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Immigration lawyer helps detainees in New Mexico know their rights

August 25, 2014 at 6:44 PM EDT
A group of lawyers filed a lawsuit against the federal government on Friday, charging immigration officials with violating the due process rights of detainees held at a New Mexico detention center. Special correspondent Kathleen McCleery talked Laura Lichter -- with one of the attorneys who offers free legal services at the facility -- about her experience and interaction with detainees.
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GWEN IFILL: A group of lawyers is charging immigration officials with violating the due process rights of detainees held at a New Mexico detention center. They filed a lawsuit against the federal government Friday.

Special correspondent Kathleen McCleery talked with one of the attorneys offering free legal services at the facility before the suit was filed.

It’s part of our series of conversations with those on the front lines of the immigration crisis.

KATHLEEN MCCLEERY: This is the third time in less than a month that Laura Lichter has driven nearly 550 miles from her home in Denver to Artesia in southeastern New Mexico. She comes at her own expense, and a hotel stay in this oil town isn’t cheap, upwards of $150 a night. Gas and meals all add up.

Plus, the 47-year-old lawyer has left behind an immigration practice in Colorado, where an hour of her time can cost $300 or more. She is the immediate past president of the American Immigration Lawyers Association. Lichter shows up at the federal law enforcement training center at 7:00 a.m., ready to meet with clients she barely knows and whom she charges nothing.

There are women and children who tried to owner the U.S. illegally, were captured at the border and sent here. Most are making claims of asylum. When in Artesia, Lichter works a 15-hour day, culminating with an evening session at a local church, where the pro bono attorneys share stories.

We caught up with her during an unusual midday break and began by talking about what happens when an immigrant says she’s afraid to be sent home.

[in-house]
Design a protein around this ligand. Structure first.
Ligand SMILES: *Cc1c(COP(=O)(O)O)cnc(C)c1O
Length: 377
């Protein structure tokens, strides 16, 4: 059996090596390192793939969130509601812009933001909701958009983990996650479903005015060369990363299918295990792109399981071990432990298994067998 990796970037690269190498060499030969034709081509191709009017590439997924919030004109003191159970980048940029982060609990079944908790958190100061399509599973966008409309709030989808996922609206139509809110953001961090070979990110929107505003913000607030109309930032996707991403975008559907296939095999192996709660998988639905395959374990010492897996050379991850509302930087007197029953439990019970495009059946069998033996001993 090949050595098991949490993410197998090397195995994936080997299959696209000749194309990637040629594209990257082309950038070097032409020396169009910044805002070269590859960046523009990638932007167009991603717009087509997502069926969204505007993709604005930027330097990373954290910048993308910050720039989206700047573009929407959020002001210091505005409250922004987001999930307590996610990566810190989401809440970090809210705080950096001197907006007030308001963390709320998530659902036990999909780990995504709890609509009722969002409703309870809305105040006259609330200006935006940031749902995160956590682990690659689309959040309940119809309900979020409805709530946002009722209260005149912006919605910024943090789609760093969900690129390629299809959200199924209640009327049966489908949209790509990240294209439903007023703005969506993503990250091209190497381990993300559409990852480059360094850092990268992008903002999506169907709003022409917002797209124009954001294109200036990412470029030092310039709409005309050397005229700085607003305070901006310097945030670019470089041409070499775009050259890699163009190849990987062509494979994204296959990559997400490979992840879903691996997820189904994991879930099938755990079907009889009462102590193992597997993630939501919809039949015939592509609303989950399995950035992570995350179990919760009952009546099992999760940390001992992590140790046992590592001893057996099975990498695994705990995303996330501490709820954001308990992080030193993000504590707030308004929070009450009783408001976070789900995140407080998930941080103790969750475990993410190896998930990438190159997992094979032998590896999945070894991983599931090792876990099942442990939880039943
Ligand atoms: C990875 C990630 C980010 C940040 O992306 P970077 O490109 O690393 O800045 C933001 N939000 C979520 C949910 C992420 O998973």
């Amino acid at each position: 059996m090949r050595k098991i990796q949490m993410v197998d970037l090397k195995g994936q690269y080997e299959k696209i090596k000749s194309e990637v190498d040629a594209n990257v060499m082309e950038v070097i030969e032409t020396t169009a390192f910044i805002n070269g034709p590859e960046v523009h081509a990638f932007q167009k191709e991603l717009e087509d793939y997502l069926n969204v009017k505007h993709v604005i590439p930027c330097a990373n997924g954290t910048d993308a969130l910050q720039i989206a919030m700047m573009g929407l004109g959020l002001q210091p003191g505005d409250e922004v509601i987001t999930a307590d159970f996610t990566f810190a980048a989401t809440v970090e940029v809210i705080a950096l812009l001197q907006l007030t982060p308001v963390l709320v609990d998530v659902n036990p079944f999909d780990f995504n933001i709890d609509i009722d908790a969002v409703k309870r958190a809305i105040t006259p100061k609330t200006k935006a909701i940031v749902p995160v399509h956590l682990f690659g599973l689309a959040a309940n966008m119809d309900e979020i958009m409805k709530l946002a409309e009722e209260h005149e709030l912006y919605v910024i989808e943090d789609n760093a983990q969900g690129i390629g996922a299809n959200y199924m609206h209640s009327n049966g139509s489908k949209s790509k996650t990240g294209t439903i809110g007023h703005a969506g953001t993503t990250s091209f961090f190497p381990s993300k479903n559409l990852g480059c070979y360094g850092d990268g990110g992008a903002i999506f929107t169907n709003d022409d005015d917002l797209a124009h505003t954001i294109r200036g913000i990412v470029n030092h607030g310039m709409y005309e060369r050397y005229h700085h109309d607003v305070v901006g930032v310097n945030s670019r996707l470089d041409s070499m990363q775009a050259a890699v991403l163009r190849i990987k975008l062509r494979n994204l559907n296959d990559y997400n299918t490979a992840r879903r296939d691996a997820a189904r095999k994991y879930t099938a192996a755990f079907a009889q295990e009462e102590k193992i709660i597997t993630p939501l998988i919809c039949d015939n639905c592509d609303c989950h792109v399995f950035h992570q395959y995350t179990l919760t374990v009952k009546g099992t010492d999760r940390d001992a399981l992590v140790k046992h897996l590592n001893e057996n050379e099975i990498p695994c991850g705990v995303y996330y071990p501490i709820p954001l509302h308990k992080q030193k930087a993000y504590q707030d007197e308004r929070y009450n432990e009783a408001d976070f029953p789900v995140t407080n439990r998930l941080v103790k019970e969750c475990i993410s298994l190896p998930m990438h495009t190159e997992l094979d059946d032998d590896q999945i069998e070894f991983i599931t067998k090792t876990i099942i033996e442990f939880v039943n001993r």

LAURA LICHTER, Immigration Lawyer: Well, ideally this person is telling the government at the moment they have been arrested that they actually have a fear of being sent back home.

And if they tell the government that they’re afraid to go back home, they’re supposed to be referred for an interview on what’s called an asylum claim. The government official that reviews this case is supposed to look at whether or not that person actually has a reasonable possibility of being able to prove a case.

KATHLEEN MCCLEERY: So what is that reasonable basis for asylum?

LAURA LICHTER: Asylum and being able to qualify for asylum means that the person has to prove to the satisfaction of the government that they have a well-founded fear of persecution on account of one of five bases.

They have to show a connection between the harm that they’re afraid of and the reason why someone is trying to harm them. And that can be anything from their religion, their race, nationality, politics, or what we’re seeing a lot of here is a particular social group. And a social group is defined as something that is an immutable characteristic, the type of thing about yourself that you really can’t or shouldn’t have to change.

So, for example, your gender might be part of the social group, your experiences, being forced into recruitment by a gang, having a gang member tell you as a 14-year-old girl that now you’re going to be the girlfriend of this individual who is in the gang.

KATHLEEN MCCLEERY: U.S. officials are saying that a lot of these women and children are economic migrants or they have come here because they think that they are not going to be sent home.

LAURA LICHTER: I find this ludicrous, absolutely ludicrous that there is a bias against these women, that the people entering on the southern border right now in this humanitarian crisis are all economic migrants, that they’re here because they want to work, not because they are running away from something.

And nothing could be farther from the truth. It is so bizarre to see a government attorney arguing that the young mother next to you and her 7-year-old and her 3-year-old are a national security threat, because somehow the government thinks that if any one of these women escape from this institution, by being able to pay a reasonable bond, that somehow that means that more people will come.

KATHLEEN MCCLEERY: Is there something different happening here in terms of the speed of the process?